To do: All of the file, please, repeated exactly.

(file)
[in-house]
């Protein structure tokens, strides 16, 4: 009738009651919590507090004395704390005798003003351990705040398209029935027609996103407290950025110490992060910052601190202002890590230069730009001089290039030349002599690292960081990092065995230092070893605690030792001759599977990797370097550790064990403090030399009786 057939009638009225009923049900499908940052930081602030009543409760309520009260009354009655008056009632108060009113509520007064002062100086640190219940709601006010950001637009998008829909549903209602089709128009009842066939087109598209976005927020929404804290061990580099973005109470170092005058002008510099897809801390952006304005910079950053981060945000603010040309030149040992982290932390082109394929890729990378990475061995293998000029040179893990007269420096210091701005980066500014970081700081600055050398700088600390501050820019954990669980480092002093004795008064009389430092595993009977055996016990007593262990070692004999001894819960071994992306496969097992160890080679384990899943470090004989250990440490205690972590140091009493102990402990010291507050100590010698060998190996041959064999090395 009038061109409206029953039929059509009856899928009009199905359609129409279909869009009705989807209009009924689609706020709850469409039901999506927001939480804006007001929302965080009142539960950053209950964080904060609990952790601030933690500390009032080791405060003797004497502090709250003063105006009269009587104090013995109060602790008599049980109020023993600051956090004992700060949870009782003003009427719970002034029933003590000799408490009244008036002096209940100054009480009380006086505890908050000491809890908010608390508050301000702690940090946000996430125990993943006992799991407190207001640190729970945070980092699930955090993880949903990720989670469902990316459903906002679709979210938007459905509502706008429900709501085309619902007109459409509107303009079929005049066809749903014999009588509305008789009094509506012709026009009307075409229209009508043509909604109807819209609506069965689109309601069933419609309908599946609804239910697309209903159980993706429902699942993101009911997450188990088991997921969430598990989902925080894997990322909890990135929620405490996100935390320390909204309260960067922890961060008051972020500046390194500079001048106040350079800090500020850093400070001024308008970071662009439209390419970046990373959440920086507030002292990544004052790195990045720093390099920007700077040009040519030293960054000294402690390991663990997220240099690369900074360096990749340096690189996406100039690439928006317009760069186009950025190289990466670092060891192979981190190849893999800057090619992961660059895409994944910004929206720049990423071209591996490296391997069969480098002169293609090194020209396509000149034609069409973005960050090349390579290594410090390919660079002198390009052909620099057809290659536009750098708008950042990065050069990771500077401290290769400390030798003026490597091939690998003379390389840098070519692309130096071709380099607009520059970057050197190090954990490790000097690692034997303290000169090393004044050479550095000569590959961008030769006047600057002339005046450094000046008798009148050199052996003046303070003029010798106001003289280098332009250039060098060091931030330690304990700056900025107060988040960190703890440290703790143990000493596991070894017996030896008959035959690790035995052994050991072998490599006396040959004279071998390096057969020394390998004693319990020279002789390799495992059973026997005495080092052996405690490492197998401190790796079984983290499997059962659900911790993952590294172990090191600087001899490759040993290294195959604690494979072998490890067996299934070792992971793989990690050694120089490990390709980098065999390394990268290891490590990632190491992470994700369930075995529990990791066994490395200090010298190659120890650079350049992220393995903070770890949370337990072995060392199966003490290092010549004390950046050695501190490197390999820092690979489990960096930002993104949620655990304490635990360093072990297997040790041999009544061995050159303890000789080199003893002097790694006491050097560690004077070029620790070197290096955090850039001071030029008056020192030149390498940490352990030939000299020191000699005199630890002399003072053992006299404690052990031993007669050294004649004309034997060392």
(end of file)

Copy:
[in-house]
């Protein structure tokens, strides 16, 4: 009738009651919590507090004395704390005798003003351990705040398209029935027609996103407290950025110490992060910052601190202002890590230069730009001089290039030349002599690292960081990092065995230092070893605690030792001759599977990797370097550790064990403090030399009786 057939009638009225009923049900499908940052930081602030009543409760309520009260009354009655008056009632108060009113509520007064002062100086640190219940709601006010950001637009998008829909549903209602089709128009009842066939087109598209976005927020929404804290061990580099973005109470170092005058002008510099897809801390952006304005910079950053981060945000603010040309030149040992982290932390082109394929890729990378990475061995293998000029040179893990007269420096210091701005980066500014970081700081600055050398700088600390501050820019954990669980480092002093004795008064009389430092595993009977055996016990007593262990070692004999001894819960071994992306496969097992160890080679384990899943470090004989250990440490205690972590140091009493102990402990010291507050100590010698060998190996041959064999090395 009038061109409206029953039929059509009856899928009009199905359609129409279909869009009705989807209009009924689609706020709850469409039901999506927001939480804006007001929302965080009142539960950053209950964080904060609990952790601030933690500390009032080791405060003797004497502090709250003063105006009269009587104090013995109060602790008599049980109020023993600051956090004992700060949870009782003003009427719970002034029933003590000799408490009244008036002096209940100054009480009380006086505890908050000491809890908010608390508050301000702690940090946000996430125990993943006992799991407190207001640190729970945070980092699930955090993880949903990720989670469902990316459903906002679709979210938007459905509502706008429900709501085309619902007109459409509107303009079929005049066809749903014999009588509305008789009094509506012709026009009307075409229209009508043509909604109807819209609506069965689109309601069933419609309908599946609804239910697309209903159980993706429902699942993101009911997450188990088991997921969430598990989902925080894997990322909890990135929620405490996100935390320390909204309260960067922890961060008051972020500046390194500079001048106040350079800090500020850093400070001024308008970071662009439209390419970046990373959440920086507030002292990544004052790195990045720093390099920007700077040009040519030293960054000294402690390991663990997220240099690369900074360096990749340096690189996406100039690439928006317009760069186009950025190289990466670092060891192979981190190849893999800057090619992961660059895409994944910004929206720049990423071209591996490296391997069969480098002169293609090194020209396509000149034609069409973005960050090349390579290594410090390919660079002198390009052909620099057809290659536009750098708008950042990065050069990771500077401290290769400390030798003026490597091939690998003379390389840098070519692309130096071709380099607009520059970057050197190090954990490790000097690692034997303290000169090393004044050479550095000569590959961008030769006047600057002339005046450094000046008798009148050199052996003046303070003029010798106001003289280098332009250039060098060091931030330690304990700056900025107060988040960190703890440290703790143990000493596991070894017996030896008959035959690790035995052994050991072998490599006396040959004279071998390096057969020394390998004693319990020279002789390799495992059973026997005495080092052996405690490492197998401190790796079984983290499997059962659900911790993952590294172990090191600087001899490759040993290294195959604690494979072998490890067996299934070792992971793989990690050694120089490990390709980098065999390394990268290891490590990632190491992470994700369930075995529990990791066994490395200090010298190659120890650079350049992220393995903070770890949370337990072995060392199966003490290092010549004390950046050695501190490197390999820092690979489990960096930002993104949620655990304490635990360093072990297997040790041999009544061995050159303890000789080199003893002097790694006491050097560690004077070029620790070197290096955090850039001071030029008056020192030149390498940490352990030939000299020191000699005199630890002399003072053992006299404690052990031993007669050294004649004309034997060392």